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So here we go with part three of the Jason Deas memorial Land of the Lost conversion. We’ve done the planar traits and the Sleestak, now it’s time for. Cha-ka’s people, the Pakuni!
Ability Score Racial Traits Specialized (1 RP) Members of this race gain a +2 bonus to Dex and Con, and a –2 penalty too Int.
Type humanoid (pakuni)
Size Small (0 RP)
Base Speed Normal Speed (0 RP)
Languages Xenophobic (0 RP)
Defense Racial Traits
Bond to the Land (2 RP) Pakuni gain a +2 dodge bonus to AC when in jungle terrain.
Natural Armor (2 RP) Pakuni gain a +1 natural armor bonus to their Armor Class due to their thick fur.
Feat and Skill Racial Traits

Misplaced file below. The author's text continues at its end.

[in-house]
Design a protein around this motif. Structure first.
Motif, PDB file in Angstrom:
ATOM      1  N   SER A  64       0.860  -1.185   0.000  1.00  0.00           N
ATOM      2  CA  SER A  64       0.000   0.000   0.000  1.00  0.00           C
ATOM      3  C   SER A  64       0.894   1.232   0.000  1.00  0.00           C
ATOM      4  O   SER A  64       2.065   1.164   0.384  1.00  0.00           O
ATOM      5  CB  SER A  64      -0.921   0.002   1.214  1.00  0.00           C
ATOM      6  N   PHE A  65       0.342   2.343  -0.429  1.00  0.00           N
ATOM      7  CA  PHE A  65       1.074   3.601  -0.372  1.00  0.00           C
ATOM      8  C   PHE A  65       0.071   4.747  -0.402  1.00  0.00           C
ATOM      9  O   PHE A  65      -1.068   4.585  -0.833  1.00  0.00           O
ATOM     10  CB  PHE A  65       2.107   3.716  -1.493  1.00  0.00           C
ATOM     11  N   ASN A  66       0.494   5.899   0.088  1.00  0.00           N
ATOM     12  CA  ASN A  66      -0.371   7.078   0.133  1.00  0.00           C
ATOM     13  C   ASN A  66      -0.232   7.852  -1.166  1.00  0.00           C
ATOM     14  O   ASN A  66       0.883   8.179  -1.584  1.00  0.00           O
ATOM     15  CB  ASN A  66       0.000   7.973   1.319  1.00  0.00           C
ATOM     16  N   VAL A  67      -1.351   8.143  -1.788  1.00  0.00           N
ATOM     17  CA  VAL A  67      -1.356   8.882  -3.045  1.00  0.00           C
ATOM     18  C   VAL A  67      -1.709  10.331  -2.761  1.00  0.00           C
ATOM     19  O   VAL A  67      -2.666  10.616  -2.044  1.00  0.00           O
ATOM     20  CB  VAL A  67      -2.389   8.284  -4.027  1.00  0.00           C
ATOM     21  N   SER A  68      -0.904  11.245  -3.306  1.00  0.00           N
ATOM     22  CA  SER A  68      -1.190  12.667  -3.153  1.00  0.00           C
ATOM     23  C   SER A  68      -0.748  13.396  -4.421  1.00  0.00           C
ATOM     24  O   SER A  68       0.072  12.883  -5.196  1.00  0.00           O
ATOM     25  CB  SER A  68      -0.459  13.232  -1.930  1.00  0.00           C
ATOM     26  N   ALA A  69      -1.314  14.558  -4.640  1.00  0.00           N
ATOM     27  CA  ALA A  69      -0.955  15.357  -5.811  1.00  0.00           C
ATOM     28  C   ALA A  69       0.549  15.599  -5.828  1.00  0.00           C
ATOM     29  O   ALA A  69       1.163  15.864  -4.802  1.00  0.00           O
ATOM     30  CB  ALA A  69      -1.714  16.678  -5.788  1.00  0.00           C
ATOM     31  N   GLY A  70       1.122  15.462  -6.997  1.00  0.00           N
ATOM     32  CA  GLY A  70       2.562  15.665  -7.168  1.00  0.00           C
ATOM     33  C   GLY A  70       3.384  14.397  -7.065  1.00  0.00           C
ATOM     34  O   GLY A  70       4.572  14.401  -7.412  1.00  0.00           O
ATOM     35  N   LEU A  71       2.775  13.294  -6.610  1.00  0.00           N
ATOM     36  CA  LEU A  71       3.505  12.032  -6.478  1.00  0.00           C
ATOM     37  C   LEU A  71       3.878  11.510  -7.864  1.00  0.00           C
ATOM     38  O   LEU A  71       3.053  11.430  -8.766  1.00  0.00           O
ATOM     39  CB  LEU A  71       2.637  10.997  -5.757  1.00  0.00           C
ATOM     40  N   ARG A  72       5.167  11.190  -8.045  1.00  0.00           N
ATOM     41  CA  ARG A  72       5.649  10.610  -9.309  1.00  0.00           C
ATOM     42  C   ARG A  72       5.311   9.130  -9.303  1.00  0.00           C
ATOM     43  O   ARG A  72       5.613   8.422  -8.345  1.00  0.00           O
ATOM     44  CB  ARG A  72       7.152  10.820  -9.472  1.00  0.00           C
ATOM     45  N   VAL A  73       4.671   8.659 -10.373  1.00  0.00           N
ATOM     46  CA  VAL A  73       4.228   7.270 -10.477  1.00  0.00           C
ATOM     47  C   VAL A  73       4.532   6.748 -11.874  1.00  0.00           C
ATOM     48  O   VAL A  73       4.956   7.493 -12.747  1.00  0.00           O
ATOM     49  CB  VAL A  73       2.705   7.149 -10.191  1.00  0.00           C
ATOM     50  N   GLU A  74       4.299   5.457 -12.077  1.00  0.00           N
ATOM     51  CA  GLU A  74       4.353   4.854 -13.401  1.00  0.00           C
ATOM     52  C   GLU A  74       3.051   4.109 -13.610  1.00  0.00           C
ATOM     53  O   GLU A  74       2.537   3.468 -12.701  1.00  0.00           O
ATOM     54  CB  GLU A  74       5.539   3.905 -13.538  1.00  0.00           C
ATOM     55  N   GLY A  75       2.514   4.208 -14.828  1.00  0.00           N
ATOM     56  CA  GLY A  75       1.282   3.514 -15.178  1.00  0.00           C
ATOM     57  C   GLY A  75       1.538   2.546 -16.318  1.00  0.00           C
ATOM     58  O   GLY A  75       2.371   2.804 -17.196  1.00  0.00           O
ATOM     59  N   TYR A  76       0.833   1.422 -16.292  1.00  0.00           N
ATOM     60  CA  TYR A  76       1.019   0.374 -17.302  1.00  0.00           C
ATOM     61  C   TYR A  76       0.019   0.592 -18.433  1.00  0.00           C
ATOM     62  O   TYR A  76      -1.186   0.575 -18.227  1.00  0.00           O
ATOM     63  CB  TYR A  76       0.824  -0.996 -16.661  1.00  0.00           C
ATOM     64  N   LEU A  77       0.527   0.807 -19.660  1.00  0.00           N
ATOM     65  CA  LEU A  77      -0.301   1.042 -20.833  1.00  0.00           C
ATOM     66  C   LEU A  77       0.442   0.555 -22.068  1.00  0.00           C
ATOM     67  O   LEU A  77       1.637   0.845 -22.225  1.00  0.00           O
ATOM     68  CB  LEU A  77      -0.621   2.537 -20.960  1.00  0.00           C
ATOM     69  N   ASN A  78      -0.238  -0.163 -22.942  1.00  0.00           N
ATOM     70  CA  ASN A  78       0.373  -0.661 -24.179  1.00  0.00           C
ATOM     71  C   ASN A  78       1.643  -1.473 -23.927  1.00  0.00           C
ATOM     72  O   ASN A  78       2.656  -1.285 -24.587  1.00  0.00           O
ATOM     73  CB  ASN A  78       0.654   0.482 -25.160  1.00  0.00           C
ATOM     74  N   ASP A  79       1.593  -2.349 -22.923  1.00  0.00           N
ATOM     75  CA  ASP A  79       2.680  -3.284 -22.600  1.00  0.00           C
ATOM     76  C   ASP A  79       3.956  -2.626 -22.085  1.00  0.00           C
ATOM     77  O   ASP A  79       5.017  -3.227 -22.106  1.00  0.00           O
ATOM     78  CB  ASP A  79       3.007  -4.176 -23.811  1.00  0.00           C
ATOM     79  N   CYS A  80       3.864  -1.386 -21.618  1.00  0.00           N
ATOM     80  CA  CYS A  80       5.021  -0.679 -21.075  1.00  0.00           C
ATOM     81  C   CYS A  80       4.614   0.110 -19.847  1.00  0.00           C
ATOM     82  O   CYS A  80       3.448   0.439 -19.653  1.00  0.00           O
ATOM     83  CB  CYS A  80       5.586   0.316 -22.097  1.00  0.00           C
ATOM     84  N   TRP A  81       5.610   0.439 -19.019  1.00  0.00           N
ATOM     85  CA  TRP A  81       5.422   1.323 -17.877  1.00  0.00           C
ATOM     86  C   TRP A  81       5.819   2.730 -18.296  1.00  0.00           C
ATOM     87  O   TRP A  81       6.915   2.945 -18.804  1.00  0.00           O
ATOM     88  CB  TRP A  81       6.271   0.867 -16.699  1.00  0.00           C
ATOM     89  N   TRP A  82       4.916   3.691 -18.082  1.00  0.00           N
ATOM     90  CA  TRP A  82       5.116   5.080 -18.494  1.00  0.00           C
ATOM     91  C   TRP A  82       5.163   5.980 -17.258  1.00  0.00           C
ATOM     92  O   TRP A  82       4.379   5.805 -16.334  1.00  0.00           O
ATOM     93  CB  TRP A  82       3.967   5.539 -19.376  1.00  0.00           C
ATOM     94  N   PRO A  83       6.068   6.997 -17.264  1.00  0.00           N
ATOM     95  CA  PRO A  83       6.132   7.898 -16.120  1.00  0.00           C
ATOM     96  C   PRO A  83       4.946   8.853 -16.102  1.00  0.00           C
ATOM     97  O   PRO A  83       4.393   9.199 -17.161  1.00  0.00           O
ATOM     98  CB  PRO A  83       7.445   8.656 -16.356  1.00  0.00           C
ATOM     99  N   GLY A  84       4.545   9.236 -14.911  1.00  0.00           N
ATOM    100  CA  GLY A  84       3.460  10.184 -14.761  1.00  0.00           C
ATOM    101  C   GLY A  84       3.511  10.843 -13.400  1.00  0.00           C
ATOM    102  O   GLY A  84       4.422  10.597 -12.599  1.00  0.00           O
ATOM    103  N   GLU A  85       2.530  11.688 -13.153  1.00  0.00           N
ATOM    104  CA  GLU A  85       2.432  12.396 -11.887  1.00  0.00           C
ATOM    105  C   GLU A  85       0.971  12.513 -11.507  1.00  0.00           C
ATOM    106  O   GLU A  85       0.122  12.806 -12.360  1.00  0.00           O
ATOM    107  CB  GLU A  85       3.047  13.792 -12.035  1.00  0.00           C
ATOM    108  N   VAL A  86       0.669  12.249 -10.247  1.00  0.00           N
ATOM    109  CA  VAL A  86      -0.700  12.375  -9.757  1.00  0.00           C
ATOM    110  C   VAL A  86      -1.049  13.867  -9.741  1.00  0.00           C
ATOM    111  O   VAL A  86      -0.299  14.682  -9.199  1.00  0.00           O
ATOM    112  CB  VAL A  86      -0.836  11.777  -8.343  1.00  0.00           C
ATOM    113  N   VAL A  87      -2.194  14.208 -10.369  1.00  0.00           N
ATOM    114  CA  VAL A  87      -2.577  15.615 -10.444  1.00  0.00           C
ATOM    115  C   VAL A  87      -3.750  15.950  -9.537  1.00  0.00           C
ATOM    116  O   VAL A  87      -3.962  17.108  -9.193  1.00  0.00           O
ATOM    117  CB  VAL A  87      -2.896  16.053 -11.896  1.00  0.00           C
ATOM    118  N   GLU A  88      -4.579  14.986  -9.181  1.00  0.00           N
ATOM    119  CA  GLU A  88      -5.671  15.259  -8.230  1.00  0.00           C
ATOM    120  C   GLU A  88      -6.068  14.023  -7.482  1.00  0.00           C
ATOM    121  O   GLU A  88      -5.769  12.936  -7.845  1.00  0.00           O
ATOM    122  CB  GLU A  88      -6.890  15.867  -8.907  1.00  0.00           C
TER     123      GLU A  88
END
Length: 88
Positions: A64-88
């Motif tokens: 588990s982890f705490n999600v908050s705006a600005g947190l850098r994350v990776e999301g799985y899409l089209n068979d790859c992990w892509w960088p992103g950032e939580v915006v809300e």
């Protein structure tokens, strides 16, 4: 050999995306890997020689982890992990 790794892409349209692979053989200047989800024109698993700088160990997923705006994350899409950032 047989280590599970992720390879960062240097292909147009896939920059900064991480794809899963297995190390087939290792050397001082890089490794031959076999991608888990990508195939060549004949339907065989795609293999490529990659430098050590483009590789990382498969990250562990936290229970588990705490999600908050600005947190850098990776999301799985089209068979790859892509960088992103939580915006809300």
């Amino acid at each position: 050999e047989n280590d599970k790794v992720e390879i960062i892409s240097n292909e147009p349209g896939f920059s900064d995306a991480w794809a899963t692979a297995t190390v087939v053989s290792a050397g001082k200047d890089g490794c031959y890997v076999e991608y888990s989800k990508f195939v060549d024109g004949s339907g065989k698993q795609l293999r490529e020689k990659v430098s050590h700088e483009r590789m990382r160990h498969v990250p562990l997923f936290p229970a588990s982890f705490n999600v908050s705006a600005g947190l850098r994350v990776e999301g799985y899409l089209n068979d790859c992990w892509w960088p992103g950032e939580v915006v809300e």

Scavenger (2 RP) Pakuni gain a +2 racial bonus on Appraise and Perception checks to find hidden objects (including traps and secret doors), determine whether food is spoiled, or identify a potion by taste.
Movement Racial Traits
Jungle Stride (1 RP) Pakuni can move through natural difficult terrain at their normal speed while within the jungle. Magically altered terrain affects them normally.
Senses Racial Traits
Low-Light Vision (1 RP) Pakuni can see twice as far as a race with normal vision in conditions of dim light.
Augmented Sometimes the Builder’s will augment a Pakuni by upgrading their intelligence and creativity. Augmented Pakuni has the same stats as normal Pakuni with the following additions.
Specialized (1 RP) Members of this race gain a +2 bonus to Int and Wis, and a –2 penalty too Str.
Skill Bonus (2 RP) Pick one craft skill and one perform skill. Augmented pakuni gain a +1 racial bonus on these skills during character creation.